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For the week of Feb. 23 through Feb. 29, 2000

Will the REAL candidates please step forward

Commentary By PAT MURPHY


Suddenly, in the past week or so, reporters tracking John McCain’s presidential hopes have called asking whether the McCain who’s become the lovable maverick on the "Straight Talk Express" is the real John McCain that I and other present and former Arizonans know.

The reporter from the Boston Globe wanted to know. So, too, the reporter from the New York Times. Bright and early Monday, a young woman from a magazine, "World," called, too.

Nope, the McCain who’s regaling reporters on the "Straight Talk Express" definitely is not the McCain best known in Arizona.

But then Molly Ivins, the edgy Fort Worth newspaper columnist, says the George W. Bush on the campaign trail definitely is not the Bush that she and other Texans know.

Would it be cantankerous and cynical to question aloud whether Vice President Gore and Bill Bradley on the campaign trail are the authentic Gore and Bradley?

Is it possible, then, that our presidential candidates are pandering to what we want to hear and see, not what they really are?

Are the candidates and their clever strategists retiring to their rooms at night and clucking and chuckling about how a nifty line in a speech or a fist shaken into the camera at the appropriate moment has stirred the saps—er, the voters—into adulation?

But is it also possible that, with the Democratic and Republican campaigns getting more mean-spirited, media lap dogs are finally turning into watchdogs and putting some effort into peeling back the veneer of the candidates?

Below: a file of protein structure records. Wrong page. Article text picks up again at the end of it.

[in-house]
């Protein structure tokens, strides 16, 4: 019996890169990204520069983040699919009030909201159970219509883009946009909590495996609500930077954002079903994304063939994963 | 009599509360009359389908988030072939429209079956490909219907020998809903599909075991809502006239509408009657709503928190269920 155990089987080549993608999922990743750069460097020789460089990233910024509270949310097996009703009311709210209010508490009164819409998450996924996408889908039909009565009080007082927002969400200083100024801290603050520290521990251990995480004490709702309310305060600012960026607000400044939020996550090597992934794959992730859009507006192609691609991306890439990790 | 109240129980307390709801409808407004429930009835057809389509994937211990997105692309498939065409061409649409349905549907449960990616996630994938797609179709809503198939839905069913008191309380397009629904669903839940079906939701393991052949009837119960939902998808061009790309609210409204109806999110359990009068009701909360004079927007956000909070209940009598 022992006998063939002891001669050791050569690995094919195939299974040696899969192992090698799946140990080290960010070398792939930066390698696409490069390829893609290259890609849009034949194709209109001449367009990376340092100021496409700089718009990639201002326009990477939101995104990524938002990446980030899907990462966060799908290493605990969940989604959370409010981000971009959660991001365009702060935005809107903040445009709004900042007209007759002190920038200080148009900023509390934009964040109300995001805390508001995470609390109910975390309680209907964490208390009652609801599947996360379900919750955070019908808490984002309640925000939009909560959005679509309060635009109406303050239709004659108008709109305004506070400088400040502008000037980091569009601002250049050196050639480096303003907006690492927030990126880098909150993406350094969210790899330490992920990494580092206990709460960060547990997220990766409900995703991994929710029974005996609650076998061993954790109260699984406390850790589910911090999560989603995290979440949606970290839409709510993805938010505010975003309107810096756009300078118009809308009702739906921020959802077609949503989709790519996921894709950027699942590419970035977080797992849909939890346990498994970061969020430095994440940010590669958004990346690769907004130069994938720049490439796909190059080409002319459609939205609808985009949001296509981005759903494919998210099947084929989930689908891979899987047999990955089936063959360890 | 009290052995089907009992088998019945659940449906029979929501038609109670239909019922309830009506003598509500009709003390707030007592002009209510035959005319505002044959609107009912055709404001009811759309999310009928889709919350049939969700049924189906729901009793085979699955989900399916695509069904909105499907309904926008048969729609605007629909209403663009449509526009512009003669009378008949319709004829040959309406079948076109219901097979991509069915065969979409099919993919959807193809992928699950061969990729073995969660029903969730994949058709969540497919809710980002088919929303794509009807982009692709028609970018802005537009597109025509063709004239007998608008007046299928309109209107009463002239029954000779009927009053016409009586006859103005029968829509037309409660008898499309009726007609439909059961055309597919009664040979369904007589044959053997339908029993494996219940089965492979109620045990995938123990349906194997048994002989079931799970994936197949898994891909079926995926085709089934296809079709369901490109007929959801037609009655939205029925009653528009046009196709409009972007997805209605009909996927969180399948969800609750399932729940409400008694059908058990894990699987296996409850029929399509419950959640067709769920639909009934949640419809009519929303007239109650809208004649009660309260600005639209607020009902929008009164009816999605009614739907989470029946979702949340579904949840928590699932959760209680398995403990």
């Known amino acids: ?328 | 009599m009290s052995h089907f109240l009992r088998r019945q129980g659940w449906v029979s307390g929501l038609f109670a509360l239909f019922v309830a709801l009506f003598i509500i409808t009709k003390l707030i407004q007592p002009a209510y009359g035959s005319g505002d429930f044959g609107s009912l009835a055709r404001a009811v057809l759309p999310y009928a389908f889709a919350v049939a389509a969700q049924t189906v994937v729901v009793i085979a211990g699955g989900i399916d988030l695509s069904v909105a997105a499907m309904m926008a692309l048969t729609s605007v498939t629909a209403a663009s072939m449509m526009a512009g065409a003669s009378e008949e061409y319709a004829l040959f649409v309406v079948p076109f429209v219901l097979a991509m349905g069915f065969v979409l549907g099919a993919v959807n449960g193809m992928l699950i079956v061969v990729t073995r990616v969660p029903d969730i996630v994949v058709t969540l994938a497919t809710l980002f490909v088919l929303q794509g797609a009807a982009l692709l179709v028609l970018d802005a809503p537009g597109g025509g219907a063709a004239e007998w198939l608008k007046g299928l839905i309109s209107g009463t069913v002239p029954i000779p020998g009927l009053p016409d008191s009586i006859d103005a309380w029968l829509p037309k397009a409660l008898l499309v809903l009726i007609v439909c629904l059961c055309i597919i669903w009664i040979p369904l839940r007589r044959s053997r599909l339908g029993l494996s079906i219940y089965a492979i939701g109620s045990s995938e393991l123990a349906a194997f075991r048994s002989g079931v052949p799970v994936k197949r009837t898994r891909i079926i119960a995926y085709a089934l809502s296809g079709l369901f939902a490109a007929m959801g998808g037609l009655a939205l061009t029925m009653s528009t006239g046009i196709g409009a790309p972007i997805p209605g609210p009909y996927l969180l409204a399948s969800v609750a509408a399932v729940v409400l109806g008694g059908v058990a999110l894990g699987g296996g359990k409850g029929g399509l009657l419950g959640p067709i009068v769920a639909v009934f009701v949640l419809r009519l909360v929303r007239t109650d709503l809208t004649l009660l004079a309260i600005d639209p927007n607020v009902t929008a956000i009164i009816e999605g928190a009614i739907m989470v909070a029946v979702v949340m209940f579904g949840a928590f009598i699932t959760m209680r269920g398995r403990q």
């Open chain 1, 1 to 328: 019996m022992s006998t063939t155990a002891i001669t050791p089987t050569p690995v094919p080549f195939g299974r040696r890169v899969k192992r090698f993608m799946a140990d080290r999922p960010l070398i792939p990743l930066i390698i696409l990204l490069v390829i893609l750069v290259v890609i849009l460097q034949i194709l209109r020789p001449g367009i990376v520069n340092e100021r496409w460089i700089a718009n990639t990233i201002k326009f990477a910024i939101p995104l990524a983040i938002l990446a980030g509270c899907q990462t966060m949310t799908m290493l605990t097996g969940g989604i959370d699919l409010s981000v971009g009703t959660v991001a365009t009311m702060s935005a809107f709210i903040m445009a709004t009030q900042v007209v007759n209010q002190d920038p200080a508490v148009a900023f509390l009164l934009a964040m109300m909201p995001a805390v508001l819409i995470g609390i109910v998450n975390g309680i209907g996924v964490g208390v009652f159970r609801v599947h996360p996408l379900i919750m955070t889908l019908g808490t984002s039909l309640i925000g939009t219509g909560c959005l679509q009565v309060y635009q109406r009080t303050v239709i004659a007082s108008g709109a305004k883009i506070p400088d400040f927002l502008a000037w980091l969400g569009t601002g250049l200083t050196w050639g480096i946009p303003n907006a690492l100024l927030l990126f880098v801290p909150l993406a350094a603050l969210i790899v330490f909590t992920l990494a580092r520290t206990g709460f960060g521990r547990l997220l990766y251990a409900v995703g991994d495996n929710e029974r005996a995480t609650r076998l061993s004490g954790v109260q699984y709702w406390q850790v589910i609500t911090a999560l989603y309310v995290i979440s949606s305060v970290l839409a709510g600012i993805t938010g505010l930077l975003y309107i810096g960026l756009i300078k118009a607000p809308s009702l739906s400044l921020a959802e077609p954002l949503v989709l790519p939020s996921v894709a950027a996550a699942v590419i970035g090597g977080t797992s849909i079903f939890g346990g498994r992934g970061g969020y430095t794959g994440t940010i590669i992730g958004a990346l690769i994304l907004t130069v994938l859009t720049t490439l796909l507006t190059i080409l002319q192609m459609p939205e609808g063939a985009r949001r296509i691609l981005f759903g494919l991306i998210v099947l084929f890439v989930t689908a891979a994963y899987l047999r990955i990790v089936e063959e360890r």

The surrealism in this year’s presidential performance has become unimaginable. Forget about "issues," which have been carefully picked and crafted after months and months of polling to determine what wins votes, not shapes the nation’s governance.

Examples:

The other day, while network cameras focused on candidate Bush, the TV screen was filled with waving flags, shouting and cheering supporters in the foreground, suggesting a mob scene. The lens on C-SPAN’s camera, however, took a long, wide shot at the same moment of the same setting, and revealed a half-empty room, and the shouting "mob" was really just a cluster of supporters arranged in front of a stage.

And then on Sunday, Vice President Gore—a man who all his life has been known for his stiffness and stone face—stood in the pulpit of a largely African American church, castigating Bush and McCain for refusing to denounce the Confederate Flag atop the South Carolina state capitol.

As his arms swept through the air in appeal to the Holy Almighty, and his body undulated with each stirring phrase, Gore’s voice took on the faintly familiar dialectic intonations of the Rev. Jesse Jackson.

Surely, the saps—er, the voters—watching this dramatic rendition on TV knew this wasn’t the real Al Gore, but merely an incarnation for the purpose of winning votes.

Or did they?

Pat Murphy is the retired publisher of the Arizona Republic and a former radio commentator.

 

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